“This is probably our strongest and broadest showing post-crisis,” said John McAuley, Citigroup’s co-head of US leveraged finance.
“We want to be in front of CFOs, CEOs, board members and treasurers of every company that has at least US$1bn of debt.”
The US bank jumped two spots to fourth place in Thomson Reuters league tables with a 7.7% market share.
Citigroup was lead-left on bond sales for high-profile issuers such as Transocean, Valeant and Liberty Global, among others, stepping into the territory of competitors that had well-established relationships with those issuers.
It also went where other banks appeared more hesitant to go, successfully leading a rare 30-year bond sale for hospitals company HCA, which was mostly sold to high-yield investors rather than the high-grade buyers typically targeted for longer tenors.
And speaking of crossover trades, it would be hard to ignore Nokia’s US$1bn two-part bond sale – its first foray into the US dollar bond market in eight years – which was also led by Citigroup.
The last time the Finnish company sold bonds in US dollars, the iPhone was only in its second year of life and Nokia itself still had investment-grade ratings.
BIG MAC WITH NO CHEESE
In structured finance, Citigroup branched out further.
It cemented its leadership in the flow business but also played a bigger role in more esoteric asset classes where it helped create new platforms.
“Senior management asked why we were so good at what we know, but why we weren’t doing more,” said Amanda Magliaro, Citigroup’s head of global structured finance distribution.
“The thought was: we make a great Big Mac, but we also want to be the Big Mac with no cheese. We want to deliver anything.”
Citigroup took leadership very early on in the year by addressing one of the biggest hurdles for the flow business: how to comply with new regulations.
Everyone was waiting for Ford Motor to make the first move, and sure enough it eventually did, with Citigroup as structurer.
The Ford trade was the first public auto ABS deal to comply with both risk-retention and loan level disclosure with regards to Regulation AB II, and paved the way for others to follow.
Citigroup is more than just a US machine, however. Take its emerging markets franchise; the bank is number one in the league tables. “We’re consistent across all the regions,” said Charles.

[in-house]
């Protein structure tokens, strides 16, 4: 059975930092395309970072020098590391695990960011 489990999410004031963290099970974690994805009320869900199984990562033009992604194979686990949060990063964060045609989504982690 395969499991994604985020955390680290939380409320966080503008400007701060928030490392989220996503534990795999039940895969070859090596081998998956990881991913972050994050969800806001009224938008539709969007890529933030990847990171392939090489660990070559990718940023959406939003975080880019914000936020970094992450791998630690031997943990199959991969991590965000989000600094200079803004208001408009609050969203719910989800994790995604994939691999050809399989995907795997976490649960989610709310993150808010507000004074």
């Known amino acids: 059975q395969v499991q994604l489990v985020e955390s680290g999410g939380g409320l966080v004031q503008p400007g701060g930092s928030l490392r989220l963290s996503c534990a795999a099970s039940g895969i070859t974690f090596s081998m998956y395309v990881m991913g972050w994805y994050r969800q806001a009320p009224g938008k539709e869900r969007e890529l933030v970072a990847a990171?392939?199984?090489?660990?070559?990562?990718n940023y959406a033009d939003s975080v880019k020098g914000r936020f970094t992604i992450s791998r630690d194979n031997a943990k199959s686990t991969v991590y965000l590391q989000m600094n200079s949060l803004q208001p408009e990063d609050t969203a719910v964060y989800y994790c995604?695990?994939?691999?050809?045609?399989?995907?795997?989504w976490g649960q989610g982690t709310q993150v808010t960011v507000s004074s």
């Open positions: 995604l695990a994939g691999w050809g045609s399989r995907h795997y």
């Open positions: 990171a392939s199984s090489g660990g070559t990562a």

In emerging Europe, the Middle East and Africa, Citigroup, along with JP Morgan, dominated, with deals across the product spectrum. Debut borrower Tajikistan, Iraq’s comeback trade and Belarus’s first 144A deal stood out.
All involved a lot of work behind the scenes to ensure that all the relevant parties, from paying agents to clearing houses, were comfortable.
Belarus, in particular, was a delicate trade to manage given the political sensitivities of bringing to market a country whose president is subject to US sanctions.
In Asia, Citigroup was the nearest challenger to HSBC, showcasing its talents across investment-grade, high-yield, infrastructure financing and liability management.
But arguably the region where Citigroup had its greatest success in 2017 was Latin America, where it wins the IFR Latin America Bond House award.
“There were real opportunities in 2017, and we took advantage of that to go where few had gone before,” said Chris Gilfond, head of Latin America capital markets origination.
With about US$20bn of cross-border bond proceeds credited over the awards period, the US bank captured an impressive 14.8% market share, according to Thomson Reuters data.
That put Citigroup head and shoulders above its competitors with the exception of JP Morgan, which came closely behind with US$18.16bn of proceeds for a 13.6% market share.
“Relative to last year we finished number one, our lead relative to our peer group has grown a full three percentage points in market share pro rata to each bookrunner,” Gilfond said.
“When you are leader it is hard to pick up that incremental share.”
This was where Citigroup’s broad geographic reach played out well.
An almost exclusive lock on Ecuadorian sovereign mandates certainly served it well after the country selected it as a sole lead on four of the five deals brought to market over the awards period.
The bank was also sole lead on an innovative trade of Petroamazonas bonds that allowed suppliers to monetise securities that had been used as payment by the oil company.
Belize also retained Citigroup as structuring adviser on the country’s third restructuring in a decade.
Yet Citigroup didn’t limit itself to off-the-run countries.
It not only captured business from Argentina to Mexico, but was involved in deals from liability management to project finance and the resurgence of local currency trades.
These included a jumbo new issue and exchange from Brazil’s Petrobras that targeted more than US$14bn of bonds, a structure that allowed the debt-laden company to avoid the significant one-off costs of prior liability management operations.
It was among the lead underwriters for Argentina’s debut US$2.75bn Century bond, the largest-ever deal of that maturity at the time and first from a full junk issuer.
Pulling off a 100-year trade is a landmark event for any issuer, but it is true head-turner for a country that was in technical default just over a year ago.
“It is the shortest time lag from default to a 100-year that we will probably ever see,” said Gilfond.